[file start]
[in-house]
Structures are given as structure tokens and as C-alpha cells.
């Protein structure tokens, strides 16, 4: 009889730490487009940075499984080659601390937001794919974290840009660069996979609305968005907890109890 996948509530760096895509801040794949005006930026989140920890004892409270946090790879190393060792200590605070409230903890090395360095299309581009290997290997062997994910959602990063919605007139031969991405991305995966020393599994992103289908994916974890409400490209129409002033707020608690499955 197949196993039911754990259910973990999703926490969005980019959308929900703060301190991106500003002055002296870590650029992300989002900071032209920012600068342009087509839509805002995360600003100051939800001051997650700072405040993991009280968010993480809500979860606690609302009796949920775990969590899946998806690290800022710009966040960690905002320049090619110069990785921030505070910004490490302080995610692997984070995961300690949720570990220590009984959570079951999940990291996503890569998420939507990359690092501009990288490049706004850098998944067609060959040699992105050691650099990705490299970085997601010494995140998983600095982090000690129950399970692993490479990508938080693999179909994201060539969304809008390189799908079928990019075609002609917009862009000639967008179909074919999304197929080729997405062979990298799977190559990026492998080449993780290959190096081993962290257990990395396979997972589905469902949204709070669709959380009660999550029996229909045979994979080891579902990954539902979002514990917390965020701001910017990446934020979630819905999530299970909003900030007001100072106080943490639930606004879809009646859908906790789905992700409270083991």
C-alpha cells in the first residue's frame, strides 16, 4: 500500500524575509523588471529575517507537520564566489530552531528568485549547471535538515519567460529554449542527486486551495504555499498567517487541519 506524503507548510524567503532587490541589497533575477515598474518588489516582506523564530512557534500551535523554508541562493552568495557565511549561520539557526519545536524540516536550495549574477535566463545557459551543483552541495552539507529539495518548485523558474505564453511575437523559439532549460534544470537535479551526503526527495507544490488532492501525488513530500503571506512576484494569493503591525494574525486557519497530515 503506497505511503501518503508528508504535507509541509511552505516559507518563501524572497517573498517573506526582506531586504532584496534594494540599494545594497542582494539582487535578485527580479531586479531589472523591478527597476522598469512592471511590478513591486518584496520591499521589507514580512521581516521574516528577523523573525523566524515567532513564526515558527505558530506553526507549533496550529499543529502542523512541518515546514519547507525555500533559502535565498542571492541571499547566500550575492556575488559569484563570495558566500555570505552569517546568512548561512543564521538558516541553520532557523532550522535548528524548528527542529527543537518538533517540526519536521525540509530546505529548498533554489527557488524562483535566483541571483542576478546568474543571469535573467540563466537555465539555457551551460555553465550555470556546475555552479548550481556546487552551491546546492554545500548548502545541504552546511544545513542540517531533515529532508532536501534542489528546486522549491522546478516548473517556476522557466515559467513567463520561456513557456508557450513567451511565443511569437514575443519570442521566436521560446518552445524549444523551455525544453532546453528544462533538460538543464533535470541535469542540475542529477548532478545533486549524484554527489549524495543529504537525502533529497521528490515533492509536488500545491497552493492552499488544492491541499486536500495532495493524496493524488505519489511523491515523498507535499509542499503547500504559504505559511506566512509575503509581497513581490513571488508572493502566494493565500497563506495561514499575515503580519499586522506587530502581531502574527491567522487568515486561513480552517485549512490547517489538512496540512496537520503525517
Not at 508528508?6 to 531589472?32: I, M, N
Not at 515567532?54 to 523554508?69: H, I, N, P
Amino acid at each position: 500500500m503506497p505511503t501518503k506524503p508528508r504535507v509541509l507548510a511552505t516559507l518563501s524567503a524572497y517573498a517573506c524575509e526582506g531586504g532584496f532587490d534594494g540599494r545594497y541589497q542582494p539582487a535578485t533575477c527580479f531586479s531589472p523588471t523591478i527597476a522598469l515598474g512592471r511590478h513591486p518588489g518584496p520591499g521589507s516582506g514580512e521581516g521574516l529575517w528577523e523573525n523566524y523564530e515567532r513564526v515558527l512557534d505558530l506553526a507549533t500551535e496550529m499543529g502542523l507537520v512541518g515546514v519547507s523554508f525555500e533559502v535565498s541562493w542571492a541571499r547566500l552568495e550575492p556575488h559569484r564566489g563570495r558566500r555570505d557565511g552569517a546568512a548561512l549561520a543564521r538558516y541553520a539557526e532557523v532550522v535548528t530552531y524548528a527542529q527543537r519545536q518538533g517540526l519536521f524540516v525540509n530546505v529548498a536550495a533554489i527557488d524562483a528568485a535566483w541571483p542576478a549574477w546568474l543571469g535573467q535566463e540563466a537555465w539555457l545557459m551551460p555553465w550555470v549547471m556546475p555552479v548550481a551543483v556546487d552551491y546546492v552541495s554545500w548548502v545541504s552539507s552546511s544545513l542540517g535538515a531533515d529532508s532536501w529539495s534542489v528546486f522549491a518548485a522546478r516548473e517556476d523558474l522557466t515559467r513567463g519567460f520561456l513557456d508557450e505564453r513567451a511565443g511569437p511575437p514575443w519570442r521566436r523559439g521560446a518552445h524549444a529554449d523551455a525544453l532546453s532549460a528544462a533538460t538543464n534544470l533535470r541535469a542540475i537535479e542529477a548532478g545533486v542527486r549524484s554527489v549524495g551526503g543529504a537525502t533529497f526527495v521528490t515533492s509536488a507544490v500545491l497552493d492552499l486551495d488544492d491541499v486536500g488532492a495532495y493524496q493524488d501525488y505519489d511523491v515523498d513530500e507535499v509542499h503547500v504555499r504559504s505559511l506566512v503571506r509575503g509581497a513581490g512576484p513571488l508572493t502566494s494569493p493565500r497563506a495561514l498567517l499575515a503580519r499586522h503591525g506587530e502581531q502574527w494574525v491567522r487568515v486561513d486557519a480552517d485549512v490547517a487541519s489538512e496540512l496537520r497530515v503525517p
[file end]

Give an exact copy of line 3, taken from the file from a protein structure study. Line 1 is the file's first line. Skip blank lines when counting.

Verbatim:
């Protein structure tokens, strides 16, 4: 009889730490487009940075499984080659601390937001794919974290840009660069996979609305968005907890109890 996948509530760096895509801040794949005006930026989140920890004892409270946090790879190393060792200590605070409230903890090395360095299309581009290997290997062997994910959602990063919605007139031969991405991305995966020393599994992103289908994916974890409400490209129409002033707020608690499955 197949196993039911754990259910973990999703926490969005980019959308929900703060301190991106500003002055002296870590650029992300989002900071032209920012600068342009087509839509805002995360600003100051939800001051997650700072405040993991009280968010993480809500979860606690609302009796949920775990969590899946998806690290800022710009966040960690905002320049090619110069990785921030505070910004490490302080995610692997984070995961300690949720570990220590009984959570079951999940990291996503890569998420939507990359690092501009990288490049706004850098998944067609060959040699992105050691650099990705490299970085997601010494995140998983600095982090000690129950399970692993490479990508938080693999179909994201060539969304809008390189799908079928990019075609002609917009862009000639967008179909074919999304197929080729997405062979990298799977190559990026492998080449993780290959190096081993962290257990990395396979997972589905469902949204709070669709959380009660999550029996229909045979994979080891579902990954539902979002514990917390965020701001910017990446934020979630819905999530299970909003900030007001100072106080943490639930606004879809009646859908906790789905992700409270083991």